Separate names with a comma.
Discussion in 'Original Pictures Forum' started by etwman, Dec 20, 2002.
Nice work!!! Keep it up!!!
Stumbled across this thread like so many others. Just awesome. Planned on running a maint. company only, and found out how well a meticulous person can do in hardscaping so we picked it up and ran with it. Now I can't imagine not doing it. This was probably addressed somewhere in the thread, but I missed it. I'm curious how you deal with deposits on these large overhead jobs? I always get cost of materials, but a few buddies in the business take half down to cover all costs involved. Is that justifiable? Seems like your asking for a lot of trust from someone you don't know. But then I don't have the brand recognition of some just yet.
We put together a comprehensive draw schedule based on phase completion. Each project is different.
I saw this from another good friend in the green industry and thought it was really really good. Here's what he said:
"Why you would hire a professional to perform your surgery?," how would you answer?? I bet that your answer would be something like, "because a professional knows what they are doing, they have been to school and have the knowledge to perform the job, and/or I don't have the time, ability or equipment to do the job myself!" NOW, my question to you is, "Why would you hire any one else besides a PROFESSIONAL to maintain or build a new landscape on your property??"
Take a look at the reasons why people hire professionals to help with their lawn and landscape in th chart I attached below.......should make you go hummm.
Also attached is another project we wrapped up, one of my favorties.
These aren't your photos, you're stealing them from the sales literature. Just kidding.
You have quite the crew of skilled craftsman who enjoy making dreams into realities for these lucky customers. Why wouldn't people want to hire you!! The list of questions someone like myself would want to ask you is incredible. And no it's not how much did that cost... These projects are truly amazing.
That chart is interesting too. Curious on what your take is on it....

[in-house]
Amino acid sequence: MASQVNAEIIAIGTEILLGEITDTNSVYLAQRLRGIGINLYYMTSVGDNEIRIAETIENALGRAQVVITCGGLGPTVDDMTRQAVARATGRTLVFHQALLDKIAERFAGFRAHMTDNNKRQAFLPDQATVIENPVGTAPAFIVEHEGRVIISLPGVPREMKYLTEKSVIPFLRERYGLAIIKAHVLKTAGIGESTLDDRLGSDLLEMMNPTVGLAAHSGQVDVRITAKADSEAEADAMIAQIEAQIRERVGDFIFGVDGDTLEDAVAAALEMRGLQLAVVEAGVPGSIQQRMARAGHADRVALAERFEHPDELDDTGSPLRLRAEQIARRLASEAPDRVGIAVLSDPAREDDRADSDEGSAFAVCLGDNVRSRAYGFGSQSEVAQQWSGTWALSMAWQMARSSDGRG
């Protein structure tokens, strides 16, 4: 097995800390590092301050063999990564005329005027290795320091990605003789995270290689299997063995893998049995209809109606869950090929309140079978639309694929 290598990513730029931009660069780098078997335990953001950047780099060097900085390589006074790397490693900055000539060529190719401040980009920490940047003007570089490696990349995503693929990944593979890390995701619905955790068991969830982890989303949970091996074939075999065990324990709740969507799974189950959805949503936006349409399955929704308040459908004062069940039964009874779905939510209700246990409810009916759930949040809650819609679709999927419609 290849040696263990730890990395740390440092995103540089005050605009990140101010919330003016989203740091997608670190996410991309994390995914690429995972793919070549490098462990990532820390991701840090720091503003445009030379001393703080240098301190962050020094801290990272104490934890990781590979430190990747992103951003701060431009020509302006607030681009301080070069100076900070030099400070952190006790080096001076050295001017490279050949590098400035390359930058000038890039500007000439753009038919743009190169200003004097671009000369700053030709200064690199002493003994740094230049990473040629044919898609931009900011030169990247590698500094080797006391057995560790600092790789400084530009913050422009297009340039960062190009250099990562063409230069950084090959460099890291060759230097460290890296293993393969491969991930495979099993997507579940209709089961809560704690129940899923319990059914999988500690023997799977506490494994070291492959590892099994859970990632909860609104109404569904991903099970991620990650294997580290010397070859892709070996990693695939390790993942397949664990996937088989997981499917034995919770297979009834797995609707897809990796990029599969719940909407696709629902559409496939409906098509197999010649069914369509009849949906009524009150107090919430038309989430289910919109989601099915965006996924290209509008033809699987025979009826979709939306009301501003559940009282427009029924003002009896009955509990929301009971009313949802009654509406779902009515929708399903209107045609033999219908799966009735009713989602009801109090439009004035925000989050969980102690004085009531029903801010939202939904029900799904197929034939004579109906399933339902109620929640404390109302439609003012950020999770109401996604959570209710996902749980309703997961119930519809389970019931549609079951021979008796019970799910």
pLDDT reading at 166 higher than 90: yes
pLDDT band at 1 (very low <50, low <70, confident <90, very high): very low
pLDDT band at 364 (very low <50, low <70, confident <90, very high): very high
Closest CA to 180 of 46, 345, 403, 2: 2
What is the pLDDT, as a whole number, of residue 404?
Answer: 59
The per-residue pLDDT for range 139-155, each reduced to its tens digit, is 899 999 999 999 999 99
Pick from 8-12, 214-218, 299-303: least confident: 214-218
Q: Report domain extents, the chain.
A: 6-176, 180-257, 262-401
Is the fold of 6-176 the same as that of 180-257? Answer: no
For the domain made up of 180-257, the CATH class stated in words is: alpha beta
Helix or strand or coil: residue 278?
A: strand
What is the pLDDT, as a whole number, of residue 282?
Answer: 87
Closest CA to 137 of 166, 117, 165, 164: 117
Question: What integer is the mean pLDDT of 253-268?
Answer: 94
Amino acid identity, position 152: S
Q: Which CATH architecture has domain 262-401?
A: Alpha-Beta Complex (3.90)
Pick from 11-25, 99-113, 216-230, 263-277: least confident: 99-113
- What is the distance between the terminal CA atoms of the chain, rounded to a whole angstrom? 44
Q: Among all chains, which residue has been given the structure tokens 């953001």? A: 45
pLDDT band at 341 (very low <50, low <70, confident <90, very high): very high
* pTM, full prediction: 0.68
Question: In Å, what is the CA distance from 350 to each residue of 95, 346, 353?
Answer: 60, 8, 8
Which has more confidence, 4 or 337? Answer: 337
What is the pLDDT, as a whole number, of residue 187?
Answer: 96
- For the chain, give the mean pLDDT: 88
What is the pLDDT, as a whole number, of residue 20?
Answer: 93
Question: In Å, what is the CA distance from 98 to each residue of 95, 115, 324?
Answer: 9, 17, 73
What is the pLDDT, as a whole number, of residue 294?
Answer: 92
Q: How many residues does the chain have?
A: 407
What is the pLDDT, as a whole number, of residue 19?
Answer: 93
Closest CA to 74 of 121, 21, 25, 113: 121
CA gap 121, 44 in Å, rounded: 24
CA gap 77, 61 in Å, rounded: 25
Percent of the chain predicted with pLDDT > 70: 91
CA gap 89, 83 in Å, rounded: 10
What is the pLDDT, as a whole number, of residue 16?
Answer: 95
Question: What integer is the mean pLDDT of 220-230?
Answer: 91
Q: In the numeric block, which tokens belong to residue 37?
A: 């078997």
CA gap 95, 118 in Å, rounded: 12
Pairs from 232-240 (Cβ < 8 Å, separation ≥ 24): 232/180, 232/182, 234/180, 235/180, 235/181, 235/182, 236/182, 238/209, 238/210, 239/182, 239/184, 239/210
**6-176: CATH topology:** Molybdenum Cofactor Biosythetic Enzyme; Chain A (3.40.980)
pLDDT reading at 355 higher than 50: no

Meaning at the end of all of it clients really want professionals at thier places to do work and need to be educated on what a true landscape professional is.
That's what I got from it and when on estimates (although for small scale jobs and landscape work) most people complain about things that relate to being professional. Don't show up, work is subpar, can't get a hold of someone, etc.... I think that's one of the best sales things to do. Most just drop off a quote or say "It'll cost you this". I try to get them to walk the property with me and while walking get to why they want/need a certain service. This opens the flood gates of complaints with previous companies or just things around their property. After hearing all the stuff you know now how to sell to this person, at higher or more appropriate rates. Not everyone is going to buy but at least now you know what to sell them on. You just better be able to back up your sales pitch. I know you have that workbook you give people.
One of the things we ALWAYS do is at somepoint in the sales process get potential clients to come to our offices and meet with them in our conference room. While they are here they can meet the staff, see our facility, and know we exist in a real place. Not running out of a barn.
That screams professionalism is itself and is a huge sales tool. They know we are here to stay and they can find us if they ever need too.
My only downfall. Small startup without this yet but I completely agree. It's almost like buying online from an unknown company. I feel much better at my local parts counter sometimes.
Every now and then one comes along that makes me even stop and say "man we are a good team here." This is one that is definitely award worthy. Everyone here at this company is an incredible asset. There was an incredible amount of time put into this project and it shows.
Absolutely Amazing, I can only hope to get to that level for installs one day.